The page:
13. Risk Assessment. A key trait of the master of strategy is in knowing what is worth the attempt, and what is to be avoided. All ventures that have the possibility of gain, have associated risks – and typically the amount of risk correlates to the amount of reward.

14. Realism. Why do many plans fail? Mostly because they are unrealistic. Being realistic is difficult. It is in fact one of the most difficult things for most people to achieve. This is for various reasons. One is that life is complex! There are many unknown factors – and always surprises in store. Be as realistic as you can.

15. Orchestration. All the skills we have described above are useful assets for the strategist. But, how can we roll them all together – unify them, if you will – into the formation of a complete strategy?

The difference between a strategic campaign and a sequence of disorganized actions is orchestration. This orchestration is the part they don’t teach you. They give you tidbits about how to use this skill or do that task, but most of the time in life, it is left up to you to fit it all together.

16. Choosing Your Battles. The master strategist is the one who is able to look at the campaign as a whole, rather than as a sequence of battles. Such a one will maintain a sense of what is important, and be able to prioritize. To win one battle is often a case of strength – but strength can never be infinite, it must be managed! How many are those who have risked too much to win one battle, only to lose the overall campaign? A victory in such a battle is known as a Pyrrhic Victory – after the ancient King Pyrrhus’ famous quote “If we win one more such battle, we will be ruined.”

The true strategist chooses their battles carefully and knows how to make the most effective use of what they have.

Summary:

In one sense, we are all strategists. We need to be. Let’s take a really basic example: Going to the store to buy groceries! This action, which seems to us to be utterly simple (because we have completely mastered the strategy required to do it) is actually composed of many different strategic elements – each of which combine to form the overall plan. Driving, finding the keys, already having money, knowing what to buy, knowing how many days you need provisions for, having space in the trunk of the car for the shopping. What seems to us now a simple enterprise actually requires many individual aspects, disciplines and previous successes in order for it to work.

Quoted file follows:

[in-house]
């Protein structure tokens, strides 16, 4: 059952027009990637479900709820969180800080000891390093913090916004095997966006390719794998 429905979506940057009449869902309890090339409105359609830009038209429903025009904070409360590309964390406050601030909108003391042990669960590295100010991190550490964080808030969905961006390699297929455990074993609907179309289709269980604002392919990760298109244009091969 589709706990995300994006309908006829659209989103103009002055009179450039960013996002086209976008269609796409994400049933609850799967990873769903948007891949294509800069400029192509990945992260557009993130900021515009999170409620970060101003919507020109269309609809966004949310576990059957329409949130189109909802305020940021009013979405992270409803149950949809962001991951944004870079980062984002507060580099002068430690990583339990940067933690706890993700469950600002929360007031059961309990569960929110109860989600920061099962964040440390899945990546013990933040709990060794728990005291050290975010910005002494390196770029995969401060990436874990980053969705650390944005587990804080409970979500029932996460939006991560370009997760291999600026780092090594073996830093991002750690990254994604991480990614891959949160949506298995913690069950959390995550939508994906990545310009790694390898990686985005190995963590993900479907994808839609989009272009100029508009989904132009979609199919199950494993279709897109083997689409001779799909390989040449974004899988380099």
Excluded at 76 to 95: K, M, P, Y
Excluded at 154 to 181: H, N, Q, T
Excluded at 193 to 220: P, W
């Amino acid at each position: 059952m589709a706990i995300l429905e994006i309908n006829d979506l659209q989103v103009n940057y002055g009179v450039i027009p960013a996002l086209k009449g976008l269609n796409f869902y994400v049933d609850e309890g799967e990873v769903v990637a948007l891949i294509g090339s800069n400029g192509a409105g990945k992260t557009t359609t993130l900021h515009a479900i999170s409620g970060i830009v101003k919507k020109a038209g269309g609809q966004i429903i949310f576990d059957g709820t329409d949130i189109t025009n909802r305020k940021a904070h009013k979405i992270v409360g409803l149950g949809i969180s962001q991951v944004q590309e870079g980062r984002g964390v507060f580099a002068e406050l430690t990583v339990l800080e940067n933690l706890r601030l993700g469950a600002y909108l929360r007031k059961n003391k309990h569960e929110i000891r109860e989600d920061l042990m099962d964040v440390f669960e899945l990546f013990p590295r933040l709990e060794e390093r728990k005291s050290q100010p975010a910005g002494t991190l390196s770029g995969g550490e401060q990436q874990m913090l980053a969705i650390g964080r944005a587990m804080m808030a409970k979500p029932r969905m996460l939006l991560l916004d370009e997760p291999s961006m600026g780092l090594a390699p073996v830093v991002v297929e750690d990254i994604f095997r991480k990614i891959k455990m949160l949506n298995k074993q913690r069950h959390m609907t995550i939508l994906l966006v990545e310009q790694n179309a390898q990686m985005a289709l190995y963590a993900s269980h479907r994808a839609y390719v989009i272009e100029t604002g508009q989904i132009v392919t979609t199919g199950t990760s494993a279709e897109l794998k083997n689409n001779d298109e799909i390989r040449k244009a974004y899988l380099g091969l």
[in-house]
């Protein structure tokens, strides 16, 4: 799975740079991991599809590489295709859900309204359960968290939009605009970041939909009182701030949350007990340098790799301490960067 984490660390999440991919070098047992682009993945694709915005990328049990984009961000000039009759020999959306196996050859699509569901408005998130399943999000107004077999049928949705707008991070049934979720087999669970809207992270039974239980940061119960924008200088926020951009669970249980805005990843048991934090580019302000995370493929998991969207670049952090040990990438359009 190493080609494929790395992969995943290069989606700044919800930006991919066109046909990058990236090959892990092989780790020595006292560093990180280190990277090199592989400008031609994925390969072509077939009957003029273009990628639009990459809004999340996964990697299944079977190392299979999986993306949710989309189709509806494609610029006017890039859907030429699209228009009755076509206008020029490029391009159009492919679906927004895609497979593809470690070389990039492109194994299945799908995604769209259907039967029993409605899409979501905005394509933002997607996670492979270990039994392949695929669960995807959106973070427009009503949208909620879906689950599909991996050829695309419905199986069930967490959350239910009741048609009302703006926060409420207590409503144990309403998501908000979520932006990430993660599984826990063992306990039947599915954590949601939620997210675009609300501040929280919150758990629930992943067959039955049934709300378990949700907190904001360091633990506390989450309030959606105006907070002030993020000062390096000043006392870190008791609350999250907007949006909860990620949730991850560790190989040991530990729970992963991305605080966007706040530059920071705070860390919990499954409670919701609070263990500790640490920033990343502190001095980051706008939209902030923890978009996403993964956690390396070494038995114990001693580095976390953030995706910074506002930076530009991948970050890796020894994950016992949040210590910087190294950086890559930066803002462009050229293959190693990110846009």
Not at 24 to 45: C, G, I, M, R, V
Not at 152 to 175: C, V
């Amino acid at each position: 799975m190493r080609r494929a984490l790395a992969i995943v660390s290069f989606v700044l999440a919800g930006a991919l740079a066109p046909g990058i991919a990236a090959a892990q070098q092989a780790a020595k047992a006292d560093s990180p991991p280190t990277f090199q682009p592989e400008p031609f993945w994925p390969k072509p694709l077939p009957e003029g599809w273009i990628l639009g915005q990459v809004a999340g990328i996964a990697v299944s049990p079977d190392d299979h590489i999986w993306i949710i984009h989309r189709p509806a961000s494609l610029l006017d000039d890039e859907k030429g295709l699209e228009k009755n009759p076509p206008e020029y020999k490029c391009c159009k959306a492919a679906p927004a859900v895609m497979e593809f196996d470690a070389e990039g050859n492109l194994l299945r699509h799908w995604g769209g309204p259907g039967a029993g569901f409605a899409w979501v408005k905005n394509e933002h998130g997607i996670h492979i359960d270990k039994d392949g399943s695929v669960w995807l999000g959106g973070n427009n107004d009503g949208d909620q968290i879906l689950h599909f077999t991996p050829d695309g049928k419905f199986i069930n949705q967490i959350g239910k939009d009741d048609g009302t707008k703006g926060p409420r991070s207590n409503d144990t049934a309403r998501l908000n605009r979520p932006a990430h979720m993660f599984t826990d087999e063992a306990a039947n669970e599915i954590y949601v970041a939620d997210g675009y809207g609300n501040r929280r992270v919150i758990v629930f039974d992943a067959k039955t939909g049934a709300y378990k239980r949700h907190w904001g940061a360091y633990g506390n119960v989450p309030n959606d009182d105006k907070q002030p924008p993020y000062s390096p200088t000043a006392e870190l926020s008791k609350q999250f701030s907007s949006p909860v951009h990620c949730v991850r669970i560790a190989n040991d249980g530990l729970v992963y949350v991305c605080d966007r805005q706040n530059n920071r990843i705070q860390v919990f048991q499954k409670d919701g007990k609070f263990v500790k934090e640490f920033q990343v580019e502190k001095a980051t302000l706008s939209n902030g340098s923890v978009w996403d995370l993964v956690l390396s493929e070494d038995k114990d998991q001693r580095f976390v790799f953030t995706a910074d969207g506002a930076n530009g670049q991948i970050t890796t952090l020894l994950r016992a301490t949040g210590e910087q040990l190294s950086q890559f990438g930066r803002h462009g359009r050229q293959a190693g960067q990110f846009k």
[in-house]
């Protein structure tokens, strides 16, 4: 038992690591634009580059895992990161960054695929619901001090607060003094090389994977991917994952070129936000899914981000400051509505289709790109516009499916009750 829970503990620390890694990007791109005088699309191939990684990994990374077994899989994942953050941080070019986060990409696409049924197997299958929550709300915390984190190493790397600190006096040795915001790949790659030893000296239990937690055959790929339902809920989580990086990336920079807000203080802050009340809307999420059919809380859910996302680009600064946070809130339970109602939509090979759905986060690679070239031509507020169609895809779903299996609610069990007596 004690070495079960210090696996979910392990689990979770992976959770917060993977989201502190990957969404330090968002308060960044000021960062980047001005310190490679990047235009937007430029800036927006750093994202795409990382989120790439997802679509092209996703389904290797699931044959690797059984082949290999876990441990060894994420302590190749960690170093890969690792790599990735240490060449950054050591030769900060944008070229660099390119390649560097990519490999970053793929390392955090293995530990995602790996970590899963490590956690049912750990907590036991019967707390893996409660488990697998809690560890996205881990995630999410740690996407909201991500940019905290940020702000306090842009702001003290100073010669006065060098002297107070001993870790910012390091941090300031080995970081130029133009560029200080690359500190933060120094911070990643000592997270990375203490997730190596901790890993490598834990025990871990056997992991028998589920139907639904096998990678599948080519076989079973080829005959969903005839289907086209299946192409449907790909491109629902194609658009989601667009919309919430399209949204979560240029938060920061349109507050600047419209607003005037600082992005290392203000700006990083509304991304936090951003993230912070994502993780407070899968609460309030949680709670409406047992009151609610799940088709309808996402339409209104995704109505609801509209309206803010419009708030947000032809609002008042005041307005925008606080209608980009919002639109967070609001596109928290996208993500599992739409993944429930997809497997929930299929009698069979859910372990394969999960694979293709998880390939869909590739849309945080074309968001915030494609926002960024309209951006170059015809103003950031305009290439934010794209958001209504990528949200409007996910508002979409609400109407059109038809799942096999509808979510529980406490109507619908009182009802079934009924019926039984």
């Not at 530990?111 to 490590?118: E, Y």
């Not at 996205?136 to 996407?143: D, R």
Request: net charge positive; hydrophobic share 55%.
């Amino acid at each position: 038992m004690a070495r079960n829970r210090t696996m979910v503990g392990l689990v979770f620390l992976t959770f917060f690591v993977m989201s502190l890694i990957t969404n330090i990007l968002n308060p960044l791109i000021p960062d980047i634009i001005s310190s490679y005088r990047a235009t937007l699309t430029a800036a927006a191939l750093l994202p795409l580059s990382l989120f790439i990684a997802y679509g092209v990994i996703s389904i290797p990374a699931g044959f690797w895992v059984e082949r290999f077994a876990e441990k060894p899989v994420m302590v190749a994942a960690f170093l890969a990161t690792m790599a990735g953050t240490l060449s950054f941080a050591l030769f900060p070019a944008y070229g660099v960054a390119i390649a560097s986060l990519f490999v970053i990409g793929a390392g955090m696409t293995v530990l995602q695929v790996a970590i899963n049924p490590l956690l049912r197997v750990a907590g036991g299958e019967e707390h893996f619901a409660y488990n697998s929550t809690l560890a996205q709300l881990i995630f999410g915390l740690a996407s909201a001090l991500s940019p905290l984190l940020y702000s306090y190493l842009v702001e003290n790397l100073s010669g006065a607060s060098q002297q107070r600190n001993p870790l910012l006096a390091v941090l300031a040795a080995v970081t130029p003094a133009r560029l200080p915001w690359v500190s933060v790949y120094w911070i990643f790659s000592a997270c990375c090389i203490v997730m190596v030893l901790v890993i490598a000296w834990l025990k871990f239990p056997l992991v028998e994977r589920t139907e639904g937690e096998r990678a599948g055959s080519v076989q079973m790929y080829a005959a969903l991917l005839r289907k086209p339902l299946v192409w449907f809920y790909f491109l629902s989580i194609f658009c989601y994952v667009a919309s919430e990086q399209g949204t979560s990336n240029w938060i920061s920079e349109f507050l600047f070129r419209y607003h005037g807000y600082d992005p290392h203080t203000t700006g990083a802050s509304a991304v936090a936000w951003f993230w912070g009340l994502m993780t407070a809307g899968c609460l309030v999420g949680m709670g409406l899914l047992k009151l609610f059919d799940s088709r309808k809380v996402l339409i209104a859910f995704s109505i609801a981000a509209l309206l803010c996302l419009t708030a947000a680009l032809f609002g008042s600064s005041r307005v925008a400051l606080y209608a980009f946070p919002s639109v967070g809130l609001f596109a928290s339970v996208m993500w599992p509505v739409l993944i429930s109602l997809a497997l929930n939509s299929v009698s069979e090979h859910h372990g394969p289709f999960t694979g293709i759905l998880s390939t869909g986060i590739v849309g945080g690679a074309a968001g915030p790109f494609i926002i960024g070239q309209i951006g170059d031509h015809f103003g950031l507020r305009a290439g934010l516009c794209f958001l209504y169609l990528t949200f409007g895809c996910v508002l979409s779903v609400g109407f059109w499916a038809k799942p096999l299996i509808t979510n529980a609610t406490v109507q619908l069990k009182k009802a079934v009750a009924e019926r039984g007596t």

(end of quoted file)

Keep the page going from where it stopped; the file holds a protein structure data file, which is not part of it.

You can see that each successful action is in fact built on top of previous successful actions.

The more strategic you are, the more successful you are at the game of life. Strategy is ultimately about being effective.

Try to gain all of the elements of strategy and include all of them in your next endeavor as part of the masterplan. See what happens.

Have the self-discipline to stick to your strategy when this is required; the flexibility to change the strategy when it no longer serves the ultimate goal (or when a better way to serve the ultimate goal is revealed); and the wisdom to know the difference.

Further reading:

Here are a few famous classic works on strategy:

Machiavelli – The Prince
Baldassare Castiglione – The Book Of The Courtier (1528)
Chanakya – Arthashastra (c.300B.C.)
Miyamoto Musashi – The Book Of Five Rings
The Thirty-Six Stratagems Of Ancient China
Carlos Castaneda: The Don Juan series of books (The Teachings of Don Juan, A Separate Reality, Journey to Ixtlan, Tales of Power, The Second Ring of Power, The Eagle’s Gift, The Fire from Within, The Power of Silence).
Lao Tzu – Tao Te Ching
Robert Greene – 48 Laws Of Power
Sayings of Confucius
The Phoenician Letters by Wilfred Davies and G. Zur
How To Win Friends And Influence People by Dale Carnegie
The Seven Military Classics of Ancient China
Wu Qi – Art Of War (one of the Seven Military Classics)
Sun Tzu: The Art of War (one of the Seven Military Classics)

How To Become A Master Strategist
Graphic – Makingwealth.info. Image src – Pixabay (PD)